It seems the University of Alabama is now known for more than just their championships in athletics, as a group of engineering and computer science students are adding even more academic trophies in a national robotics competition held by NASA.
Alabama Astrobiotics won the University of Alabama a second national championship in NASA's Robotic Mining Championship last week after constructing their own autonomous robot capable of navigating the chaotic terrain of Mars.
"The 2015 NASA RMC National Championship cements Alabama Astrobotics as the top robotic space mining program in the country," said Dr. Kenneth Ricks, UA associate professor of electrical and computer engineering and team adviser. "This consistent level of excellence is unmatched and stands testament to the hard work and dedication of our students."
The competition was hosted at Cape Canaveral and consisted of a simulated Martian terrain. Robots taking part in the competition were then tasked with navigating obstacles and excavating soil. According to a statement released by the University of Alabama, the robots were tasked with gathering "simulated ice buried beneath the regolith" as an added challenge.
NASA invited 47 university teams to compete in the mining contest at the Kennedy Space Center in Florida. The team was judged on a written systems engineering paper, slide presentation and demonstration, project outreach promoting science, engineering and math disciplines, team spirit, mining, autonomous operating, and communication efficiency.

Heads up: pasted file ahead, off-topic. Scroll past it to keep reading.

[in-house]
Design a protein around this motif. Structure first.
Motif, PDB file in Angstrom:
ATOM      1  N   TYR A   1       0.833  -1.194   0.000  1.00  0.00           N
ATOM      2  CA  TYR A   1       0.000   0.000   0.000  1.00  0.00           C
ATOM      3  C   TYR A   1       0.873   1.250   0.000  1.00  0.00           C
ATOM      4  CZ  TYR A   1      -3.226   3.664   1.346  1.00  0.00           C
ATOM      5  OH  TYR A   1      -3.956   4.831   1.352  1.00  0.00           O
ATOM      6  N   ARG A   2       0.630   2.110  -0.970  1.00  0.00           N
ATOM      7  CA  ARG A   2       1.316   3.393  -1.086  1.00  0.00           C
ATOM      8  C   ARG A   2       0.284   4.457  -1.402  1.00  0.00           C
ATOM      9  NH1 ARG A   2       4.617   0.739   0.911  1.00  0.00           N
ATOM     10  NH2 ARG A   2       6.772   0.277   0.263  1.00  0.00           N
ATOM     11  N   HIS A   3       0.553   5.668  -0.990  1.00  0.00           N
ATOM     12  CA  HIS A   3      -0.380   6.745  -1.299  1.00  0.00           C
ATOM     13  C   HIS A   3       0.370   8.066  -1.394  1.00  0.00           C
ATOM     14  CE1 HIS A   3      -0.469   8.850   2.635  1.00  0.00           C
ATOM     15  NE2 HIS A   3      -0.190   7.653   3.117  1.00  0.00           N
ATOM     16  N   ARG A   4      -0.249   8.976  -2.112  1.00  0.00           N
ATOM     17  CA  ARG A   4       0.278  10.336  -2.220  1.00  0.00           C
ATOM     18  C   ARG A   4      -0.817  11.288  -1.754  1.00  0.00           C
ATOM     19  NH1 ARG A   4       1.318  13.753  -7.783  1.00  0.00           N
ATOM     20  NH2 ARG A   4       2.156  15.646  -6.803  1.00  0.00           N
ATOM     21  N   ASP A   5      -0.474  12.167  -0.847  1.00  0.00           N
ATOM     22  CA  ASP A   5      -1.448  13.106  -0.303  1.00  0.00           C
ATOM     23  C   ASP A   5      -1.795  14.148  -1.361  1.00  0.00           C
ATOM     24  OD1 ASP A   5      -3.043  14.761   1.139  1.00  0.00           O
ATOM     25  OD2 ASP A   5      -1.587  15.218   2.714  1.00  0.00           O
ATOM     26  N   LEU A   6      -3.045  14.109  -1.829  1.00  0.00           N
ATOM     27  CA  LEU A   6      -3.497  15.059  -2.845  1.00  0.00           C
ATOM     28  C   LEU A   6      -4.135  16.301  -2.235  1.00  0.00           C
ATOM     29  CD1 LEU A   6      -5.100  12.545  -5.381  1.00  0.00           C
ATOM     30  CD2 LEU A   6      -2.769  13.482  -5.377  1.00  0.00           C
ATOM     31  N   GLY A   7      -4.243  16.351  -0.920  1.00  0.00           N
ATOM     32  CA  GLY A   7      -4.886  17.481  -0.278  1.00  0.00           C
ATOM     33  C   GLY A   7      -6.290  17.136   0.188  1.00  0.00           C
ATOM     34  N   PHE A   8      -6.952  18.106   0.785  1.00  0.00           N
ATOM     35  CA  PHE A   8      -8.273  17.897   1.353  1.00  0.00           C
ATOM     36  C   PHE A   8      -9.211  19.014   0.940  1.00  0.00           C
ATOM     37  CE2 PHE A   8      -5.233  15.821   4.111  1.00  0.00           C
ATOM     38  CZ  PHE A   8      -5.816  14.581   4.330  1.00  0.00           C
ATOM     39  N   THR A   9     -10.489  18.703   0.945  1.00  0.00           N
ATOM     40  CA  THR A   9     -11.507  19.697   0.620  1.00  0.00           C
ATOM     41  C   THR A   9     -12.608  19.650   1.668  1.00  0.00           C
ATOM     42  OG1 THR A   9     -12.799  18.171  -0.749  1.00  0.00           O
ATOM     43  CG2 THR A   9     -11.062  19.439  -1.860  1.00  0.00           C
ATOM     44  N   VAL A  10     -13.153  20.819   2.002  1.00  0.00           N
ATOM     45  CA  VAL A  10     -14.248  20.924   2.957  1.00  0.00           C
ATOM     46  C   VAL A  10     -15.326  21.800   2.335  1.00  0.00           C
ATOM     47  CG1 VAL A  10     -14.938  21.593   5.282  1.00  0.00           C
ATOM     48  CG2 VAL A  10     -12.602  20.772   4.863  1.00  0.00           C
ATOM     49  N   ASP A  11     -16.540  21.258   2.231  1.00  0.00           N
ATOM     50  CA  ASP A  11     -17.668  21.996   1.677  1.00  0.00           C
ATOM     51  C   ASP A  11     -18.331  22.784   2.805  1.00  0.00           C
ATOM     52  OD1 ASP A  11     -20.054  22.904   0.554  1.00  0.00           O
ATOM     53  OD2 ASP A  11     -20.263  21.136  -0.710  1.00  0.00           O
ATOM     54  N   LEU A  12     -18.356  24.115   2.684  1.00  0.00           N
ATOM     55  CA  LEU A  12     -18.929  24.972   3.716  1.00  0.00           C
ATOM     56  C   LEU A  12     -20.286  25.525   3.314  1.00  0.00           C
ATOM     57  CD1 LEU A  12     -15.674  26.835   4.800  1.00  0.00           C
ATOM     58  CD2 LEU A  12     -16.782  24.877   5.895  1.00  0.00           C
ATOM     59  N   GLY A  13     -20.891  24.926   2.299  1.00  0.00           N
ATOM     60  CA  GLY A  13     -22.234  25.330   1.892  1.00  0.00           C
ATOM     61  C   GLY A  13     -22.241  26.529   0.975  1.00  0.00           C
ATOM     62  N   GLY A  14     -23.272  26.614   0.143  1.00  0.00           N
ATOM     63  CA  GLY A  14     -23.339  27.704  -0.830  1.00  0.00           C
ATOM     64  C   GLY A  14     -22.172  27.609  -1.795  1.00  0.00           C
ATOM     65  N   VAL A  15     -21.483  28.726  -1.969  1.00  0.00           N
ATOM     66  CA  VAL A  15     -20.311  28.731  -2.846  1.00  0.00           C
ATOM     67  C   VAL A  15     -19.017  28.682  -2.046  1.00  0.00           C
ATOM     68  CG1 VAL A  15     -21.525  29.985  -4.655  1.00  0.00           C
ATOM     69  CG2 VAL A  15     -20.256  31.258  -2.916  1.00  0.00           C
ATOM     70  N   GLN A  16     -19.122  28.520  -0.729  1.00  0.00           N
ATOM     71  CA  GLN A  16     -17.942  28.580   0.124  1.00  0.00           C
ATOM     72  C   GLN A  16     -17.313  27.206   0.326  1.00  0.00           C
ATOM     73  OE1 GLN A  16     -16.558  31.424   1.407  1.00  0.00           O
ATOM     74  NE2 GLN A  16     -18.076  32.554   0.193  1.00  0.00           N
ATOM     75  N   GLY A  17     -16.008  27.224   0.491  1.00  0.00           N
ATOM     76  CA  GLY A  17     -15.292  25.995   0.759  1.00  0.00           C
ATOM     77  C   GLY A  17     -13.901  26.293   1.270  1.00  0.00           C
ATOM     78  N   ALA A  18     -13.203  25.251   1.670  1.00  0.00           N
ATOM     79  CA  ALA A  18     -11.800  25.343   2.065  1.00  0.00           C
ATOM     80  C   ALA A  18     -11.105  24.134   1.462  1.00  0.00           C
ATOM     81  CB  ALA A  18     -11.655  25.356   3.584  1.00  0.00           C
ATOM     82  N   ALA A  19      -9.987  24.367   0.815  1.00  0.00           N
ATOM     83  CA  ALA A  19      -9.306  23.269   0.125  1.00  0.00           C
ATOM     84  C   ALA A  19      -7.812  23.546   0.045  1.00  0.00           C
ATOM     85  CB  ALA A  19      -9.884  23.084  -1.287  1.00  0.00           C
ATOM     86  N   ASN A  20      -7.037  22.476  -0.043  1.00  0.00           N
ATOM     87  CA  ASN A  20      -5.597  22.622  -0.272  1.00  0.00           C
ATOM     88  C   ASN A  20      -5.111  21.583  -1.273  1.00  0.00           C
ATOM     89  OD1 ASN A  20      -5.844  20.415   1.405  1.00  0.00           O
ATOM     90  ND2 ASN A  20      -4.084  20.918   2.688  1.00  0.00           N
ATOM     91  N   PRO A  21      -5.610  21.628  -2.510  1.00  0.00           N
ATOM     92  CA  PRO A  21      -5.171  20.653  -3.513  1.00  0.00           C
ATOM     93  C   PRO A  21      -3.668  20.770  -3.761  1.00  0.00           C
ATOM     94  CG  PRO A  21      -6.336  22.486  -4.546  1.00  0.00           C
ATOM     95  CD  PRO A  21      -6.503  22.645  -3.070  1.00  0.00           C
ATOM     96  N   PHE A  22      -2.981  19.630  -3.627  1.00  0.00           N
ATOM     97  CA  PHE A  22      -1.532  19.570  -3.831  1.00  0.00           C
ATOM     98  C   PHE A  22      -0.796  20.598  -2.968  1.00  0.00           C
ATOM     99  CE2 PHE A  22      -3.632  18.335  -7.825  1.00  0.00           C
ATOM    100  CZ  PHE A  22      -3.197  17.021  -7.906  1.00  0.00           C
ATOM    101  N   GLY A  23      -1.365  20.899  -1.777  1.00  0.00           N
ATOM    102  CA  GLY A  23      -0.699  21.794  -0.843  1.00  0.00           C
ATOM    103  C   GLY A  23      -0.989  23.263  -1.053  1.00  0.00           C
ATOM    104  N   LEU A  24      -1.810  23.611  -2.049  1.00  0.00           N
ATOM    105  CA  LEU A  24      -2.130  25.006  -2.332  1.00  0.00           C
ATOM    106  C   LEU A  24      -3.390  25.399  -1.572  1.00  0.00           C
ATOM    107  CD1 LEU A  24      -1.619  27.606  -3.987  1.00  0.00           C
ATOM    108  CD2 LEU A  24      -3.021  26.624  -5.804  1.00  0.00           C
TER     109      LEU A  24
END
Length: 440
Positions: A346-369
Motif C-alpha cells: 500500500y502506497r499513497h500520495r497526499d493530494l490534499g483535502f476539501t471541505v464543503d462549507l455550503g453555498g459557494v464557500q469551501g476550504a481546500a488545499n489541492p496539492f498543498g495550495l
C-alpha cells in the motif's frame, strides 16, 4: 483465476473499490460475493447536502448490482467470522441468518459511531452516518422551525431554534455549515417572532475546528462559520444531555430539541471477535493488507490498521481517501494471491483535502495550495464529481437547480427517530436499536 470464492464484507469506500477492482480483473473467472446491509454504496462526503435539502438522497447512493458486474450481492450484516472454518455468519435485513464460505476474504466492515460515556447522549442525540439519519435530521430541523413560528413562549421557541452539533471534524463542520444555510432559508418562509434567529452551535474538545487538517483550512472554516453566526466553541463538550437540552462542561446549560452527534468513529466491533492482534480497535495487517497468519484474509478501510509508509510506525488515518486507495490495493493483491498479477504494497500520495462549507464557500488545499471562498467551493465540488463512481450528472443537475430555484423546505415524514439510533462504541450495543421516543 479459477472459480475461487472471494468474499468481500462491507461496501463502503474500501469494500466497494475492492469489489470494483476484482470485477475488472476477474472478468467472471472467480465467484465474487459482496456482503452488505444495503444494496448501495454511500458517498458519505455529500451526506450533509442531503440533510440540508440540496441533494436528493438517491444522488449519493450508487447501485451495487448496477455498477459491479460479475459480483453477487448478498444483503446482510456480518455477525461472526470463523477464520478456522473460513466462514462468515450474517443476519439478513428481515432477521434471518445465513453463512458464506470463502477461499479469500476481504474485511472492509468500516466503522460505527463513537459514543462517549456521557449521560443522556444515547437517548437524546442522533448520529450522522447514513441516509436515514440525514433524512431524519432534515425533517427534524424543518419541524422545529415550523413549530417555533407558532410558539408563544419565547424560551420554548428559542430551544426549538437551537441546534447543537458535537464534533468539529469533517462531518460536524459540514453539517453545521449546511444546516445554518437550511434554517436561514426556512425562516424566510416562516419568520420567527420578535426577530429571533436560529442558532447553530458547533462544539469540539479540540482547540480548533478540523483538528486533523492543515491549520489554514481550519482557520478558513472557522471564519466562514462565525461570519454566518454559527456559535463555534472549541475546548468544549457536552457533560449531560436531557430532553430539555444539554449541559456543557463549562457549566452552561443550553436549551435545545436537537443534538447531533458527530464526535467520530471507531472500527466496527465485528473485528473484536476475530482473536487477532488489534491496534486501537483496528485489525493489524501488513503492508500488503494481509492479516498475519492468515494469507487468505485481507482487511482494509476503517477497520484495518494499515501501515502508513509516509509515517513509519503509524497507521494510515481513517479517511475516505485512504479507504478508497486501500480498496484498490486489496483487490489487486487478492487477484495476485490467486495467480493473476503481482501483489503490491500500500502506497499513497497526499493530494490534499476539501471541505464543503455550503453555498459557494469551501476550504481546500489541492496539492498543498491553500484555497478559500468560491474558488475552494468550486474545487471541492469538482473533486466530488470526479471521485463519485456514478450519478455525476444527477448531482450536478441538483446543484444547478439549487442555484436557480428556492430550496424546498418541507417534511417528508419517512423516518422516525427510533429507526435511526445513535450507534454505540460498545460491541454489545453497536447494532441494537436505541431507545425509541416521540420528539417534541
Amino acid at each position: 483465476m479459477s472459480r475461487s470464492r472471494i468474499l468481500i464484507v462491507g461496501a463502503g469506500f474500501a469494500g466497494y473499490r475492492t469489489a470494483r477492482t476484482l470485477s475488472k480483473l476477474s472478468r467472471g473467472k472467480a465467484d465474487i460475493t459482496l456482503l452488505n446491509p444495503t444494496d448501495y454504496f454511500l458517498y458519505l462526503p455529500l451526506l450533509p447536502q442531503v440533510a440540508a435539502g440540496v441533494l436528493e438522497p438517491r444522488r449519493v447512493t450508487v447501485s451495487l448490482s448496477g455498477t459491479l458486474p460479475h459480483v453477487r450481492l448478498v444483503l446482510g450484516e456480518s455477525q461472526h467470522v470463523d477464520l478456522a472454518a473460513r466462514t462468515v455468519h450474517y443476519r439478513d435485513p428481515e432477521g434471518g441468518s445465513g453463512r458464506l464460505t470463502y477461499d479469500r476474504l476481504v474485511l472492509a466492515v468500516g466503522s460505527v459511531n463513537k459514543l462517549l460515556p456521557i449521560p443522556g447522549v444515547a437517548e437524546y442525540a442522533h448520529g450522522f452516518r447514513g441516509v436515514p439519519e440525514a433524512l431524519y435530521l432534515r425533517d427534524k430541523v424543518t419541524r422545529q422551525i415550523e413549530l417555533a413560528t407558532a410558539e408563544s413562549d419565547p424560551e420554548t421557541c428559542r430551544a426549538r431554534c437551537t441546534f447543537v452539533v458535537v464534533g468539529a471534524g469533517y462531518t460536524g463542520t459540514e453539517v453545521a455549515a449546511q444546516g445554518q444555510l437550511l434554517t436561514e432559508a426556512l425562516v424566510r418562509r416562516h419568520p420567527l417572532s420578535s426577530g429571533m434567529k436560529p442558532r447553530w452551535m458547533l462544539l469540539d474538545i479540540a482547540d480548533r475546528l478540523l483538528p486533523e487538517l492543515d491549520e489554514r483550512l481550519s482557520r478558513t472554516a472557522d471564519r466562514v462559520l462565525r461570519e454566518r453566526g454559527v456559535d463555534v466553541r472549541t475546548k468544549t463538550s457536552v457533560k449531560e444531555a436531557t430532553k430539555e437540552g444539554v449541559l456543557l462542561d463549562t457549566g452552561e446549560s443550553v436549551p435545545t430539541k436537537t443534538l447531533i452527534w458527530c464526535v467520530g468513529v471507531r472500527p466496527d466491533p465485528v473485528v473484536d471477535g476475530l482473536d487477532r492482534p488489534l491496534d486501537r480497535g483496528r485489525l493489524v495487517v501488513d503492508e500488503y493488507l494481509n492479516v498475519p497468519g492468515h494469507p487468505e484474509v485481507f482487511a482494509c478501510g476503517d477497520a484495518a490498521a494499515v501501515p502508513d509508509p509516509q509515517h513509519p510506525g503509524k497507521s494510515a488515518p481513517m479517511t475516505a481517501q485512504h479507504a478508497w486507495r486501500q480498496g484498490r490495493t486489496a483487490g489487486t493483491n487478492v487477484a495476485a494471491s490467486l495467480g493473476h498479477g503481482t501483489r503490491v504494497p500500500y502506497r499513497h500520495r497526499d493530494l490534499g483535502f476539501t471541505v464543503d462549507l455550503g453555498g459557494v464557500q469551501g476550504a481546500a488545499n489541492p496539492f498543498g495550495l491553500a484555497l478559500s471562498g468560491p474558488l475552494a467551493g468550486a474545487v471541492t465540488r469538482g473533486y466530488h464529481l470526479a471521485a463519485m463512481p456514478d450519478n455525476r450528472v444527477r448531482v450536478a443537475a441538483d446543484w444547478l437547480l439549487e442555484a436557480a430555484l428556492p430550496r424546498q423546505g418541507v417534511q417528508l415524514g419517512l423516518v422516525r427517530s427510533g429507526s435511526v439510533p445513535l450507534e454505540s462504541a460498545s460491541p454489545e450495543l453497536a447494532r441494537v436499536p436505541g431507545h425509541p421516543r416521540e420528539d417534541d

In addition to being named the overall winner of the competition, the team from UA also took first in multiple categories including mining, slide presentation and demonstration, autonomous operation and efficiency in communications. For the autonomy award, the team received the Caterpillar Award for Full Autonomy. In all, the team brought home $10,000 in prize money that will be used to help fund next year's team.
This wasn't the first victory in the competition for the University of Alabama. In 2012, the team previously won the competition. This year, the team focused primarily on building a lighter autonomous robot.
"The 2015 UA robot was among the lightest, fastest and most robust designs ever entered in the competition," Ricks said. "Combining the mechanical design with the onboard intelligence, overall this robot has no rivals from all those that have competed in the six years of this competition."
The UA team received funding from the Alabama Space Grant Consortium, NASA, Dynetics, Lockheed Martin, Nucor Steel, the UA College of Engineering, the UA Student Government Association, the UA Graduate School and Shelton State.